Nov 03

TV Review: The Walking Dead (AMC)

Regular Geek Actually-a-files will know that I am a mixed man when it comes to the way society views zombies. Nowadays, as horror becomes more and more socially acceptable, and fans become increasingly more desensitized, it’s safe to say the days where a man in white face paint and a bit of fake blood could scare you are long gone. These creatures of fear and death are becoming more like our generations mascots rather than the terrifying force of evil that they were in the 80’s. Now days it seems they are doomed to forever be mocked, ridiculed and “cutsy-fied” by people who have forgotten the core of what made them scary, power in numbers and the ability to kill and turn a victim with a single bite.

When I stumbled across the Walking Dead comics about 9 months ago, it was refreshing to see a solid series that had a strong sense of traditionalism. Plus, due to its long story arc and many issues, it takes the concept of survival and pushes it to new extremes. However it’s more than just its story, the pacing is good, the atmosphere and locations keep you involved and the characters will bring out every emotion you have and leave you feeling exhausted by the time you manage to pull yourself away from it.

So when I found out that Frank Darabont was taking this series to TV, I was very excited. Finally, in an age where horror is lost between hyper violence and intentional campness, the man who brought us The Shawshank Redemption was going to try and make horror intelligent once again.

The story follows Rick, a small town sheriff who is wounded in the opening minutes of the show and wakes up alone in hospital unaware of the current state of the world around him. As we continue throughout this episode, Rick must face both the realities of the zombie apocalypse and also deal with his own personal loses of friends and family.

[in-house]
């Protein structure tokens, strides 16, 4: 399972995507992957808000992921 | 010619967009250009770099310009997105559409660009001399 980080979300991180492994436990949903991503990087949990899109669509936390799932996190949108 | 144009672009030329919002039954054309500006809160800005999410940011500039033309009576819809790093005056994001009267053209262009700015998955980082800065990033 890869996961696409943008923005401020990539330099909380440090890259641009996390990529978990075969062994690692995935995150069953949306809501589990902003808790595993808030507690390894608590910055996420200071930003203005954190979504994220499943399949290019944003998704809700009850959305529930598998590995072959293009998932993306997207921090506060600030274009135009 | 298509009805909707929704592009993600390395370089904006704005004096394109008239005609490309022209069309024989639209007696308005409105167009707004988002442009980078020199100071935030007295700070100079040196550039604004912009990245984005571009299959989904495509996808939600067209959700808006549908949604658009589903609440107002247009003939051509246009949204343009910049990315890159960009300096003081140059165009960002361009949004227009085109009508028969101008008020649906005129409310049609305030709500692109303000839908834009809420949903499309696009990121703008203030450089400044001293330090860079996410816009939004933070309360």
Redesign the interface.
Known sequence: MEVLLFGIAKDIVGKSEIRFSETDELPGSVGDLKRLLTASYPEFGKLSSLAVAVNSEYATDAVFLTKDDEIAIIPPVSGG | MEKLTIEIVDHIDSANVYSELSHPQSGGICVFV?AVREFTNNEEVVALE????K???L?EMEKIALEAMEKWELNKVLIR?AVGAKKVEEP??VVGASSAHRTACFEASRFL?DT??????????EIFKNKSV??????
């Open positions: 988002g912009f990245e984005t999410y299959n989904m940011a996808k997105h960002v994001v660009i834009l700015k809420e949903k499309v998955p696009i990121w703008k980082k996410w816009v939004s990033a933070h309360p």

Apart from a few niggling differences of opinion between myself and Mr Darabont over actor choices, the cast is very well picked. Plus, I know Frank Darabont is capable of pulling a performance out of a stone, so I’m sure his decisions will make more sense as time goes on.

The first episode is an amazing start and is very faithful to it’s source material. The important points are covered well and what changes have been added only help it translate into live action.

A key thing people have to know about this series is that The Walking Dead is more about the character’s struggle than it is about the undead threat, fans of gore and violence may find the series a bit slow or boring. The show has only one season planned so far and in that it seems only six episodes have been made, so character development will rely heavily on strong performances and a decent script. So far both seem to be well handled.

With rave reviews from both horror geeks and, shockingly, even some more reputable press, this show is off to a great start. The cast is strong, the visual style beautiful and one of the greatest directors of all time is behind the wheel pushing it all forward. It seems this show’s only flaw is having to wait a week for the next episode.

– Josh Philpott

  • Anonymous

    I’m really looking forward to watching this. Will it be shown on air (TV) or will I have to wait for the DVD release?